Electrical and Computer Engineering

WIMS Seminar

Wireless Communication: Systems, Circuits, and Devices

Professor Ali Niknejad
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Assistant Professor EECS
UC Berkeley
ABSTRACT:
Wireless communication has become an integral part of our lives. We rely on several wireless technologies to provide voice and data at home and on the road. Today there are various competing and complementary standards for voice and data, and new products with wireless capability appear every day. The radio front-end circuitry is a key component in such systems, converting electromagnetic energy incident on the device to bits of data processed by the baseband circuitry. The design and manufacturing of these radios is currently time-consuming and expensive.
In the first part of this talk we will explore new radio architectures that are more amenable to mass production and integration. These architectures exploit deep sub-micron CMOS that will ultimately result in a dramatic improvement in the level of integration. In the second part of the talk, we focus on a new frequency band at 3-10 GHz and around 60 GHz that provides 7 GHz of unlicensed spectrum. We believe that a CMOS radio with multiple antennas can utilize this spectrum for Gb/s wireless LAN connectivity. We will explore system, circuit, and device issues to make such a radio possible.

BIO:
Ali M. Niknejad received the B.S.E.E. degree from the University of California, Los Angeles, in 1994, and his Mastes's and Ph.D. degrees in electrical engineering from the University of California, Berkeley, in 1997 and 2000. After graduation from Berkeley he spent two years in industry designing analog RF integrated circuits and devices for wireless communication applications. Presently he is an assistant professor in the EECS department at UC Berkeley. He is an associate editor for the Journal of Solid-State Circuits. Prof. Niknejad is a BWRC faculty member and co-directory of the BSIM project.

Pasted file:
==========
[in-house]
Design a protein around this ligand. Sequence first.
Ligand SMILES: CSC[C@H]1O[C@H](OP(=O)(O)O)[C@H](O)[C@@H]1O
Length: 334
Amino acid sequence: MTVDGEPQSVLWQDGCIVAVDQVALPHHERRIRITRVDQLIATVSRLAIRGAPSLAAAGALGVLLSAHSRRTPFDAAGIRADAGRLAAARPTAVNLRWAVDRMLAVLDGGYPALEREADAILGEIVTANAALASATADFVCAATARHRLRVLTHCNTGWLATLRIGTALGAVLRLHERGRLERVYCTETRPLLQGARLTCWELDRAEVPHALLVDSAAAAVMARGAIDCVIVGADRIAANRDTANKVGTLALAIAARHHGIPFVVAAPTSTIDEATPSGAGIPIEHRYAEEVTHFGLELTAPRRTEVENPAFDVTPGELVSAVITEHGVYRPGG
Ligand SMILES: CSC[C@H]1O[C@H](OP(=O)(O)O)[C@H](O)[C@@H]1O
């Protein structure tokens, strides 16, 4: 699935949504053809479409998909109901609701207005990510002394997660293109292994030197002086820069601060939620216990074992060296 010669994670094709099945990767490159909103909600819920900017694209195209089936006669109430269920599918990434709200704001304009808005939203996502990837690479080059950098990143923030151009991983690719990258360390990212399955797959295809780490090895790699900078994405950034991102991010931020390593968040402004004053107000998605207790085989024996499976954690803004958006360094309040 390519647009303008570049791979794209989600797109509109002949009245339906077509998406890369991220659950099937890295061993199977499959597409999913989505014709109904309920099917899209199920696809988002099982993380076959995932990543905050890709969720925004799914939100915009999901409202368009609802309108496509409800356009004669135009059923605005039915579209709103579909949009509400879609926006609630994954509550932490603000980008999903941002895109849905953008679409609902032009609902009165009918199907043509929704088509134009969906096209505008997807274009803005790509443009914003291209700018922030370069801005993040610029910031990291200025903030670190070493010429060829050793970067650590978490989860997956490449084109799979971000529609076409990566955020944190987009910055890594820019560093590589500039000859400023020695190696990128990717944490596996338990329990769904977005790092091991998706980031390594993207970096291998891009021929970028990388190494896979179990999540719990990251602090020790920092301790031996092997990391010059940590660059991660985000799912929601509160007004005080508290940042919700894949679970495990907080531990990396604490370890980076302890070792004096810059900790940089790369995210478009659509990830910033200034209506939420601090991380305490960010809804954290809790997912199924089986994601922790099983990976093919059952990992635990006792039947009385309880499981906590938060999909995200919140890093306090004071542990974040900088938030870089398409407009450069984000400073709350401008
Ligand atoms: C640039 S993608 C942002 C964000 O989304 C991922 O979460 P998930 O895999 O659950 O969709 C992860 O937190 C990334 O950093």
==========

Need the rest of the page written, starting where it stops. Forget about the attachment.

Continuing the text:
His current research interests lie within the area of circuits for wireless and broadband communications. This includes implementation of integrated communication systems in silicon, device compact modeling, computer-aided design and optimization of such systems, and numerical techniques in electromagnetics particularly as applied to the analysis and modeling of active and passive devices at microwave frequencies.

Sponsored by

WIMS ERC Seminar Series